“By taking the time to make salt with this method, we get a light, flaky texture on our sea salt that is soft, savory and easy to sprinkle,” said Duty, noting that the process he uses doesn’t remove any of the 80-plus trace elements that come naturally in sea salt.
Pacific Flake Sea Salt Harvestry founder/craftsman Bryon Duty stands in front of a boiler at the company’s Samoa-based facility. (Courtesy of Bryon Duty)
Duty — who grew up in an entrepreneurial family — was in the metal scrap recycling business in Southern California before getting into the business of making sea salt.
“I owned a small scrap yard that I sold that funded Pacific Flake,” he said.
Last year, Duty’s business expanded its current production with more stainless steel pans and a new metal building, “making Pacific Flake the second largest flake salt producer in the U.S.,” he said.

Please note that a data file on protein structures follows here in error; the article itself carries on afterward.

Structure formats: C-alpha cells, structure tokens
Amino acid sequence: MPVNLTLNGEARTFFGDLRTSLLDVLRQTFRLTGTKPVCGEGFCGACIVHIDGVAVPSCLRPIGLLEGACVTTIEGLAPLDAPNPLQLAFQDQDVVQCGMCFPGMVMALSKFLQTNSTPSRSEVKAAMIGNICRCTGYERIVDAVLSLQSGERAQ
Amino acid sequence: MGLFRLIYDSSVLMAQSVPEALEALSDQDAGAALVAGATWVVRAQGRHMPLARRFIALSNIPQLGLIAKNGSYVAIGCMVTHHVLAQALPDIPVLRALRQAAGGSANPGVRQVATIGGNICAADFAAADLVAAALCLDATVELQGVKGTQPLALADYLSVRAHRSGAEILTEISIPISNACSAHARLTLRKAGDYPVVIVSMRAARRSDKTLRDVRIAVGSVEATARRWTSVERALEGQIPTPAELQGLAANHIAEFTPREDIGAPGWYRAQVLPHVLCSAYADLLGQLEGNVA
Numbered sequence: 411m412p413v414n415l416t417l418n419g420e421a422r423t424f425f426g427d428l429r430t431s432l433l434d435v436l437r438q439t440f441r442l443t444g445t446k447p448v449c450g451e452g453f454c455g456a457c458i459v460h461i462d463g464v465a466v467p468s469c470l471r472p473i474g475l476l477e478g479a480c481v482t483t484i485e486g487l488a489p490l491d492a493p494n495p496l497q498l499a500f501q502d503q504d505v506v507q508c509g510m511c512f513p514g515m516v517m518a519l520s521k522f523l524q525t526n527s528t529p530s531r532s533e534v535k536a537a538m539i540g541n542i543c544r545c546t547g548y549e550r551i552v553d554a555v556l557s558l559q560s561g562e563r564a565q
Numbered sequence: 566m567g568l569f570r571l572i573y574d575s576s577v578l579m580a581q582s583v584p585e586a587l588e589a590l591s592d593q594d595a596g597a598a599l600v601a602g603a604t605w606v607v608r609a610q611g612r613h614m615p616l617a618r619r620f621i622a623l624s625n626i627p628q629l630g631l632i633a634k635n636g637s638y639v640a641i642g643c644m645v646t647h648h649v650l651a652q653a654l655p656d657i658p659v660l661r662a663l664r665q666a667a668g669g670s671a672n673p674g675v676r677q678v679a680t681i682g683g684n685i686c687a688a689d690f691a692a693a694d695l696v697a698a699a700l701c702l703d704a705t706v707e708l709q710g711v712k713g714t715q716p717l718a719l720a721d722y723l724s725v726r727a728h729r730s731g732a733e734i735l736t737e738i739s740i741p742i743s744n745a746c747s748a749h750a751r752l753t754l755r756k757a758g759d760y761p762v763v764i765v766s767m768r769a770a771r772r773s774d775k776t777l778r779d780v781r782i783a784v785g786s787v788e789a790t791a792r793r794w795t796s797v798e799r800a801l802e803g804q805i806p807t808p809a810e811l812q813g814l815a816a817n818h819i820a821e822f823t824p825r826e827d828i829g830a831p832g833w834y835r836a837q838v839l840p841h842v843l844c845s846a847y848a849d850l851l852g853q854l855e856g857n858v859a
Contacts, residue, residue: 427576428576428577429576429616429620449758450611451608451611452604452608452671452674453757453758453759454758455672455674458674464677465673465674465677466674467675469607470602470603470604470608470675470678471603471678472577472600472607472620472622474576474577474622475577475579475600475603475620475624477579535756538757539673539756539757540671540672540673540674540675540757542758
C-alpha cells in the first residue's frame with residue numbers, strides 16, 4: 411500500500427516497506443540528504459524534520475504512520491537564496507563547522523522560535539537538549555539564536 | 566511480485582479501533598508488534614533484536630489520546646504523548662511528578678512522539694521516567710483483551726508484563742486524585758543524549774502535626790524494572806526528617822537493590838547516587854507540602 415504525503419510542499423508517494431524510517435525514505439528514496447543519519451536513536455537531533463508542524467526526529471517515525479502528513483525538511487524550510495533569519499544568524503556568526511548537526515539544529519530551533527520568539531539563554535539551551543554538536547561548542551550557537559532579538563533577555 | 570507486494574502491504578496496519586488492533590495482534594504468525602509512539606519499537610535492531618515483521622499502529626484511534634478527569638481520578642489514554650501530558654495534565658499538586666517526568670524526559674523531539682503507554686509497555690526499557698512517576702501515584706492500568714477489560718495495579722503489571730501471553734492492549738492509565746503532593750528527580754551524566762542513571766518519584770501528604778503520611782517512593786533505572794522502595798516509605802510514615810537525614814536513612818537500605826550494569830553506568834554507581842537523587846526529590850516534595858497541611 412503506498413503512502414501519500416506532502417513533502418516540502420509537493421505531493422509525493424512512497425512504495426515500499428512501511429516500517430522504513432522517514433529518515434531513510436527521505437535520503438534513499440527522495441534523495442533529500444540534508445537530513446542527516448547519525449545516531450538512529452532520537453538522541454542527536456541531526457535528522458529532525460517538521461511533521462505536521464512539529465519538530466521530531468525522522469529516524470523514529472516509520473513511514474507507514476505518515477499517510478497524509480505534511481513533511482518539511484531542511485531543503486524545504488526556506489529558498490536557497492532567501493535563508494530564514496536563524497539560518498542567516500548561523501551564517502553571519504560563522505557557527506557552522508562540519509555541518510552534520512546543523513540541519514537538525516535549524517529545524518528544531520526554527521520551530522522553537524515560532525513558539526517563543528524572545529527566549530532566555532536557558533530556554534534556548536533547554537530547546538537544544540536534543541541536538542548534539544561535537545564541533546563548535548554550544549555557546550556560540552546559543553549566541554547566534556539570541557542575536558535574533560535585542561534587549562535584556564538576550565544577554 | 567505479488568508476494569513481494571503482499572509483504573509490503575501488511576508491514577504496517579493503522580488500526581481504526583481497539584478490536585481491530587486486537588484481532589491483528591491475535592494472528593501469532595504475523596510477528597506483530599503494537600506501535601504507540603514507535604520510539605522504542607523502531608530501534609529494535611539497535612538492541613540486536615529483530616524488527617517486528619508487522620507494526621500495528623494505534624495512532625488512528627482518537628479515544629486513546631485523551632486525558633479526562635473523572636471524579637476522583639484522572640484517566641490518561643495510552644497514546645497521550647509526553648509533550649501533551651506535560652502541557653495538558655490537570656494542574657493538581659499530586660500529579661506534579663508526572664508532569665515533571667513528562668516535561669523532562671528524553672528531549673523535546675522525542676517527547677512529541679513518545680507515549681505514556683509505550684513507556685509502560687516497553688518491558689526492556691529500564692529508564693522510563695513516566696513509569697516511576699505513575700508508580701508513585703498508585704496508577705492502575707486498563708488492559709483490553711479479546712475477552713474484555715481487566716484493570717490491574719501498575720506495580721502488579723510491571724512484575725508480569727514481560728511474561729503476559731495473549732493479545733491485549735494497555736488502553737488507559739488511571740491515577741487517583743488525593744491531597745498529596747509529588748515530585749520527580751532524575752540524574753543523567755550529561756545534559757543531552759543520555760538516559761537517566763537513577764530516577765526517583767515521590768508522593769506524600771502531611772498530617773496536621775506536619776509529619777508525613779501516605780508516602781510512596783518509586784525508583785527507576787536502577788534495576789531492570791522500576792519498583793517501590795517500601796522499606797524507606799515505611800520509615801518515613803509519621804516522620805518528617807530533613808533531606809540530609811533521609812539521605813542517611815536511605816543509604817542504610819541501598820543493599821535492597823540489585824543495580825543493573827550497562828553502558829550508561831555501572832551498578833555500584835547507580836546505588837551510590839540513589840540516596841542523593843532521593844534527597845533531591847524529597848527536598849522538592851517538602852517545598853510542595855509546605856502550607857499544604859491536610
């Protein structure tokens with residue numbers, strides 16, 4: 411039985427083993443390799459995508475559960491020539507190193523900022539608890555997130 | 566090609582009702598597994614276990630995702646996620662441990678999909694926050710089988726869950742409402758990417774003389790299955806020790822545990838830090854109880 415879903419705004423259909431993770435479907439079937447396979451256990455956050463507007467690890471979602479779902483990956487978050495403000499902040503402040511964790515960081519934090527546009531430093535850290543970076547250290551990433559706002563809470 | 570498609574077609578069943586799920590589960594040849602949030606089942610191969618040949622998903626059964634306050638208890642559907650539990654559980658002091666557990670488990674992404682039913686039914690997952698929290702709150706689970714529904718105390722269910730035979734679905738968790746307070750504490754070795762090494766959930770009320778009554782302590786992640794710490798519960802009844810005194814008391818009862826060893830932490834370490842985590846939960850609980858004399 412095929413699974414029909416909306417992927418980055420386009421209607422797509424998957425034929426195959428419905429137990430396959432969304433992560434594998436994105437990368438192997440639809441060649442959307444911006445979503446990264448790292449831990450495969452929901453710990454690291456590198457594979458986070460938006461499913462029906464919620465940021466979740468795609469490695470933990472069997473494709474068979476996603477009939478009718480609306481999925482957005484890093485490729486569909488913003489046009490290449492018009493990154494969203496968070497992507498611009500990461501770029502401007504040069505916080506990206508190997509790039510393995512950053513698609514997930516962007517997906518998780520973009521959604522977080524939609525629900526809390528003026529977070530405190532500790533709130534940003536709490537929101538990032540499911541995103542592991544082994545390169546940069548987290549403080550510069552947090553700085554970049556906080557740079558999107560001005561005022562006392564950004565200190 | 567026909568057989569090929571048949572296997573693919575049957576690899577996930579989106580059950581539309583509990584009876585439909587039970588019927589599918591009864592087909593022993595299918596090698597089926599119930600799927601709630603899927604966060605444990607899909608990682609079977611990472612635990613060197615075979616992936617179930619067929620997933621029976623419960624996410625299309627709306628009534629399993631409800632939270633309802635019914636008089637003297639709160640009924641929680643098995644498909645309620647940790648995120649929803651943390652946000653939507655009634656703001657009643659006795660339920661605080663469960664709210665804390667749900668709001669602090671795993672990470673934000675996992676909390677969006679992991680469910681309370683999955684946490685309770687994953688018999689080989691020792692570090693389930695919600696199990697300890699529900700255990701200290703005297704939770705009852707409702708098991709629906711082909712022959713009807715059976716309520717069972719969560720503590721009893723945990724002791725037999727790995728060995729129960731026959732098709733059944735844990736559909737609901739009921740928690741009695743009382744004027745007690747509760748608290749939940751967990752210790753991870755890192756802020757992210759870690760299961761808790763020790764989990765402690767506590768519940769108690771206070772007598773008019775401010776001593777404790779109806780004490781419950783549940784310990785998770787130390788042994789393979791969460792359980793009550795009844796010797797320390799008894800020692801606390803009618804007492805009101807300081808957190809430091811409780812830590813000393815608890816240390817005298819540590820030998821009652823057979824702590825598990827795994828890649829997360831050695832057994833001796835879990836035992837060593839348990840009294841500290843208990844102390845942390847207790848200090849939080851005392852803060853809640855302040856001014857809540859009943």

“Our maximum capacity is 40 tons a year,” Duty said. “We only produce a flake sea salt and have no plans to add any more types to our production.”
Pacific Flake sea salt is available locally at the North Coast Co-op in Eureka and Arcata and at Eureka Natural Foods in Eureka and McKinleyville.
“We have some retail jars available at the veggie wagon on (the) Herrick Avenue exit off the 101 in south Eureka,” he said.
Duty added: “The majority of all our sea salt — 95%ish — goes to our distribution partner in San Francisco, then goes out to different spice companies in bulk and fine-dining restaurants in the Bay Area.” It’s also available online in smaller sizes at https://shopfoodocracy.com/collections/spices-seasonings/products/pacific-flake-sea-salt, he said.
For more information about Pacific Flake sea salt, go to www.pacificflake.com.
Heather Shelton | Reporter
Heather Shelton covers the lifestyle and entertainment beats for the Times-Standard. In her spare time, she rides horses and creates artwork. She can be reached at 707-441-0516 or firstname.lastname@example.org.